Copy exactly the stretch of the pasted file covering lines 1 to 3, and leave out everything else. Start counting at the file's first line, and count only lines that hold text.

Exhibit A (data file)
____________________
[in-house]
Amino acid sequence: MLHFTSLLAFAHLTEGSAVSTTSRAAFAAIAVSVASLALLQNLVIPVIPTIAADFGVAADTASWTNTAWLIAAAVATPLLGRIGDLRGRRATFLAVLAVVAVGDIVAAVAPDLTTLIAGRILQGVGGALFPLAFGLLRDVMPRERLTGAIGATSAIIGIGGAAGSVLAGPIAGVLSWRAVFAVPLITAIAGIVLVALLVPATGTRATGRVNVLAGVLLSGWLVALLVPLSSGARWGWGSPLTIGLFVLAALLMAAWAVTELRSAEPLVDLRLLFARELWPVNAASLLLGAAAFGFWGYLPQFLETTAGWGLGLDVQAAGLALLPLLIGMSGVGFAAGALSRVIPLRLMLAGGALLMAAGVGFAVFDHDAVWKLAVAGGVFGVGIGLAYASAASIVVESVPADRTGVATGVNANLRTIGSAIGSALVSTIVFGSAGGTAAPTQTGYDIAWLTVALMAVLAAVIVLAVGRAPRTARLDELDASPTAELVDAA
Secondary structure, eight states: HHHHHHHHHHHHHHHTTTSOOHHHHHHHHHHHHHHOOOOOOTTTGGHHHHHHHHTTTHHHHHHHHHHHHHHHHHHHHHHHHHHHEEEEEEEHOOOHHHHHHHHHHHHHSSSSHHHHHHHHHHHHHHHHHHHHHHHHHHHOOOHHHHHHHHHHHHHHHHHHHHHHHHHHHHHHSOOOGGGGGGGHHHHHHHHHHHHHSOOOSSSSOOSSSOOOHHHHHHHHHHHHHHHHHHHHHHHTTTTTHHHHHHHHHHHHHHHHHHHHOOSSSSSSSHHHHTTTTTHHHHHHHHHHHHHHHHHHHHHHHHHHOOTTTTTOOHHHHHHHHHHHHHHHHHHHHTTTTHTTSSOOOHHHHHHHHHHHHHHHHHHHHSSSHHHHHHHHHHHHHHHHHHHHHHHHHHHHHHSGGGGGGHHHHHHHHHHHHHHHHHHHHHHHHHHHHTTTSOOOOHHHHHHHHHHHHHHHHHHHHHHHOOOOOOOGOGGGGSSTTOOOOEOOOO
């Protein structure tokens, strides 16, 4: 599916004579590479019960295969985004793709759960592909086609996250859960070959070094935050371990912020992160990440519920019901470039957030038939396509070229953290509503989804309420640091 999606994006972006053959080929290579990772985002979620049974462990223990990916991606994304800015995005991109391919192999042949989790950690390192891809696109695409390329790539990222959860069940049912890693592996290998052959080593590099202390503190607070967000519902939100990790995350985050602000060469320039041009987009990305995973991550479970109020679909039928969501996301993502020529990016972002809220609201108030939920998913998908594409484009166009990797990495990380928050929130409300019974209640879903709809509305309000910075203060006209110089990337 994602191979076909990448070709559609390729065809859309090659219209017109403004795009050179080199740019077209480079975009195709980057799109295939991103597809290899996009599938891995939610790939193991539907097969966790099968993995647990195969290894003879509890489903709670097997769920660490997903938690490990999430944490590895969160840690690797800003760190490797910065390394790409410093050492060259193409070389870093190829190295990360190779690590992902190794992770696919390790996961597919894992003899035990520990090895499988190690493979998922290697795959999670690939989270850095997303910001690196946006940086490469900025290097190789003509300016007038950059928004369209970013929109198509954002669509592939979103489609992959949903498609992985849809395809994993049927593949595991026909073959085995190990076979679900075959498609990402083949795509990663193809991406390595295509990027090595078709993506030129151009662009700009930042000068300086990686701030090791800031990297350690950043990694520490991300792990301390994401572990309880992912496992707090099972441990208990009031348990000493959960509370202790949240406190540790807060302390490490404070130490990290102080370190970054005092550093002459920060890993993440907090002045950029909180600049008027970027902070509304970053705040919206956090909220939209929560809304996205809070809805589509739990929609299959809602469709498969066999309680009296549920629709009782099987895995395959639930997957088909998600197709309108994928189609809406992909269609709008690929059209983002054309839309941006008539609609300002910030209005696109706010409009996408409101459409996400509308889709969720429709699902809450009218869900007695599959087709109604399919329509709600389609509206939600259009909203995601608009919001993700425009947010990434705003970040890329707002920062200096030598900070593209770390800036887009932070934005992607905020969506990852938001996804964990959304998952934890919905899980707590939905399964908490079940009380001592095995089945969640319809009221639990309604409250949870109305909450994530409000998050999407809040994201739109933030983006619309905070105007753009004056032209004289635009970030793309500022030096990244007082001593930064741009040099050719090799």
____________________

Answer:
[in-house]
Amino acid sequence: MLHFTSLLAFAHLTEGSAVSTTSRAAFAAIAVSVASLALLQNLVIPVIPTIAADFGVAADTASWTNTAWLIAAAVATPLLGRIGDLRGRRATFLAVLAVVAVGDIVAAVAPDLTTLIAGRILQGVGGALFPLAFGLLRDVMPRERLTGAIGATSAIIGIGGAAGSVLAGPIAGVLSWRAVFAVPLITAIAGIVLVALLVPATGTRATGRVNVLAGVLLSGWLVALLVPLSSGARWGWGSPLTIGLFVLAALLMAAWAVTELRSAEPLVDLRLLFARELWPVNAASLLLGAAAFGFWGYLPQFLETTAGWGLGLDVQAAGLALLPLLIGMSGVGFAAGALSRVIPLRLMLAGGALLMAAGVGFAVFDHDAVWKLAVAGGVFGVGIGLAYASAASIVVESVPADRTGVATGVNANLRTIGSAIGSALVSTIVFGSAGGTAAPTQTGYDIAWLTVALMAVLAAVIVLAVGRAPRTARLDELDASPTAELVDAA
Secondary structure, eight states: HHHHHHHHHHHHHHHTTTSOOHHHHHHHHHHHHHHOOOOOOTTTGGHHHHHHHHTTTHHHHHHHHHHHHHHHHHHHHHHHHHHHEEEEEEEHOOOHHHHHHHHHHHHHSSSSHHHHHHHHHHHHHHHHHHHHHHHHHHHOOOHHHHHHHHHHHHHHHHHHHHHHHHHHHHHHSOOOGGGGGGGHHHHHHHHHHHHHSOOOSSSSOOSSSOOOHHHHHHHHHHHHHHHHHHHHHHHTTTTTHHHHHHHHHHHHHHHHHHHHOOSSSSSSSHHHHTTTTTHHHHHHHHHHHHHHHHHHHHHHHHHHOOTTTTTOOHHHHHHHHHHHHHHHHHHHHTTTTHTTSSOOOHHHHHHHHHHHHHHHHHHHHSSSHHHHHHHHHHHHHHHHHHHHHHHHHHHHHHSGGGGGGHHHHHHHHHHHHHHHHHHHHHHHHHHHHTTTSOOOOHHHHHHHHHHHHHHHHHHHHHHHOOOOOOOGOGGGGSSTTOOOOEOOOO